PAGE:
The UK Government established the Building Resilience for Communities in Somalia (BRCiS) Consortium after Somalia’s 2011 drought in a spirit of “never again,” with the knowledge and experience that early action both prevents famine and saves lives. While the last 8 years have shown that the BRCiS approach works to mitigate the effects of moderate shocks and build resilience, BRCiS has never been up against a drought like the one Somalia is facing now, with the prospect of a fifth failed rainy season on the horizon, over a million people displaced, and an increasing number of drought-related deaths.
When the main BRCiS II project ended in March 2022, the UK Government’s Internal Response Fund (IRF) and Qatar Fund for Development (QFFD) stepped in, providing GBP 5 million and USD 1.5 million, respectively, to meet emergency needs. This was later supplemented with a GBP 2 million IRF top-up, which included a pilot in hard-to-reach (H2R) areas. The IRF project was divided into two phases, the second of which targeted 27,000 families with MPCA, 84,000 families with water interventions, and 50,000 people with health and nutrition support through fixed and mobile clinics, awareness, and surveillance over the April to August period.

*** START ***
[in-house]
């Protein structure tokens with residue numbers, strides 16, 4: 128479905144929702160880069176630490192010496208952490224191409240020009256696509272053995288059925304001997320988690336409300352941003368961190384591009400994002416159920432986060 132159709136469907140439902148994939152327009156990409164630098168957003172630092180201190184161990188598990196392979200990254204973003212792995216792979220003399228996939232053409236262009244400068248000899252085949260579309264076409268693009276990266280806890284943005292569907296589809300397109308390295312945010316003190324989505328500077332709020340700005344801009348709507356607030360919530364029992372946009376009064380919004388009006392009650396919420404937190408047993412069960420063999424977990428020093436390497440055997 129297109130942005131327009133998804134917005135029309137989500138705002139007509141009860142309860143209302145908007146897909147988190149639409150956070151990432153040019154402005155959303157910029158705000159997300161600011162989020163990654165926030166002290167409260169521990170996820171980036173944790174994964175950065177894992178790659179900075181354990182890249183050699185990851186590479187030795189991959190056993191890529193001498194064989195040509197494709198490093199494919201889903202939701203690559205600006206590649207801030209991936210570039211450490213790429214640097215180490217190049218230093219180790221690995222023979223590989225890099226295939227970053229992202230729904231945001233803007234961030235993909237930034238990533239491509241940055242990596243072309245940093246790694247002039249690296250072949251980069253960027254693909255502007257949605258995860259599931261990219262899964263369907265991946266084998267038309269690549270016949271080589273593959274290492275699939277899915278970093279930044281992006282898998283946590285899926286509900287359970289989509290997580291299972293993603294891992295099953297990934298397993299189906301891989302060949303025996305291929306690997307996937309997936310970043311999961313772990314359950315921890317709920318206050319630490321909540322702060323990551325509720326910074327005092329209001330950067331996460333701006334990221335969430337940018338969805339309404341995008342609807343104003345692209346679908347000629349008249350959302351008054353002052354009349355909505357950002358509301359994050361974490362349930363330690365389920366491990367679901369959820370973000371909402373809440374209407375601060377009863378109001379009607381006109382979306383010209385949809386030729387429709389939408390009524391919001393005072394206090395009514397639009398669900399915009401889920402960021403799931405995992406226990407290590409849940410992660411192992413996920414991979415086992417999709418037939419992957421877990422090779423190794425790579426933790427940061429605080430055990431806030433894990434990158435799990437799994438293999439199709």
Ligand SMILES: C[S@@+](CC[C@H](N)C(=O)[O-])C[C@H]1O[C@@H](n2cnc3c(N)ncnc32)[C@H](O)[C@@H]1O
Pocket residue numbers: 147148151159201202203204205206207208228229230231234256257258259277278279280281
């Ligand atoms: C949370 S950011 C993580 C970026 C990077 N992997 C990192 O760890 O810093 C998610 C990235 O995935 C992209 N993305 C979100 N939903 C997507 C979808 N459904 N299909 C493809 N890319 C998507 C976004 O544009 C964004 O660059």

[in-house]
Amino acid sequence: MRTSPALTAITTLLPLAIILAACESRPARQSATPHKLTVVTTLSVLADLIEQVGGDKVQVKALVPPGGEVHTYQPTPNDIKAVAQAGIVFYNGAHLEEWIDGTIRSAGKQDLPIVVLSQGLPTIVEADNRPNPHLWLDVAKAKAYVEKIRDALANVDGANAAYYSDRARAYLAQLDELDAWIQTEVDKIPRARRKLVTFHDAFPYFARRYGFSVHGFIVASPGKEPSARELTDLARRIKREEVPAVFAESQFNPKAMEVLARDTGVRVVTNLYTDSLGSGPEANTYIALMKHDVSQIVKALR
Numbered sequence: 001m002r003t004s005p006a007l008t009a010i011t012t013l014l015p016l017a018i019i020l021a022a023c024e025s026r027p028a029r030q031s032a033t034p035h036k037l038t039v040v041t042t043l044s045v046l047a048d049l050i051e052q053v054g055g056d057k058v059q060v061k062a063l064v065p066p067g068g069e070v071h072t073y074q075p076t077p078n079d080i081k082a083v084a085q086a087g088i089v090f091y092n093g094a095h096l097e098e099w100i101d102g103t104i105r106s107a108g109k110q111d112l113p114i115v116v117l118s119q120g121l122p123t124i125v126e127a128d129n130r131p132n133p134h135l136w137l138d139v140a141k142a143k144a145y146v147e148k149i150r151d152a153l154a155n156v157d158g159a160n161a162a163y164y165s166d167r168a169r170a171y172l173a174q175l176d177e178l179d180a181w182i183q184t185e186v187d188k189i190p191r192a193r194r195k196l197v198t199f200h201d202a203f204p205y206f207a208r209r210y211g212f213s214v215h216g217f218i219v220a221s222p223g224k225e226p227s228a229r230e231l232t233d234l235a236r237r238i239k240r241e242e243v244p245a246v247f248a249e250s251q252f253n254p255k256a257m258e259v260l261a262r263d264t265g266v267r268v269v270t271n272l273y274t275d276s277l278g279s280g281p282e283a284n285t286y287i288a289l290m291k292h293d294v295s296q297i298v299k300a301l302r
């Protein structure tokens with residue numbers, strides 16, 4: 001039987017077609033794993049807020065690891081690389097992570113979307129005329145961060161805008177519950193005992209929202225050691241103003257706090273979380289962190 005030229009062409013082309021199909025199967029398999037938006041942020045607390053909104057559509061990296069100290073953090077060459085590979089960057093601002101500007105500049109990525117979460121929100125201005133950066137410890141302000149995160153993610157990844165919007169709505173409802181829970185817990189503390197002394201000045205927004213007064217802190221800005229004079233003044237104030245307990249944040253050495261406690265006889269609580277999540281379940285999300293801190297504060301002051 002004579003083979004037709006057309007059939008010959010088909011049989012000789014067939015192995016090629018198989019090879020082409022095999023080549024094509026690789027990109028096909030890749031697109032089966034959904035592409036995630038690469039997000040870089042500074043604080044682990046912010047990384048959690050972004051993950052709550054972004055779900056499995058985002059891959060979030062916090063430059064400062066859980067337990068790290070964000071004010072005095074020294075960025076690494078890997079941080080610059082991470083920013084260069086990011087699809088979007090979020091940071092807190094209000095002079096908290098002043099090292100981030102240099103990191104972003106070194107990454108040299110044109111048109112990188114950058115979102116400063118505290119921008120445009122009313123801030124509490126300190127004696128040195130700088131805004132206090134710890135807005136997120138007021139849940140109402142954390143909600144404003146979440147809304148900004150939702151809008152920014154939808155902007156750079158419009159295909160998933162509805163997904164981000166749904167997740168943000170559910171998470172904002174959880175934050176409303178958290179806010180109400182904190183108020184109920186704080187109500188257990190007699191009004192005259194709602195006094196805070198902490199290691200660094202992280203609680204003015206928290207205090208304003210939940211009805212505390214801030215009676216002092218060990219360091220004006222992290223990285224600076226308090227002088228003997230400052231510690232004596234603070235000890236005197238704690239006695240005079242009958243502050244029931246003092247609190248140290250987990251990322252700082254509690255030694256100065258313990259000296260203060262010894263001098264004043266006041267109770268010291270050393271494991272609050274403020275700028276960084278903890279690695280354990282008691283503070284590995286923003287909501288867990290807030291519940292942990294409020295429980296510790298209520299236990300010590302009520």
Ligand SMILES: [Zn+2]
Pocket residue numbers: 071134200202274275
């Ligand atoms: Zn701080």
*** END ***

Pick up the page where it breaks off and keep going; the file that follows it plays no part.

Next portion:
This report asks: In a drought that is bringing back images of the 1980s famine, is the IRF enabling BRCiS to live up to its original mandate? The results from three surveys with 4,001 of the initial Phase II households and two surveys with 1,897 top-up households confirm that while the drought has greatly affected IRF families, the interventions immediately and significantly improved the food security and water access of many of the most vulnerable households.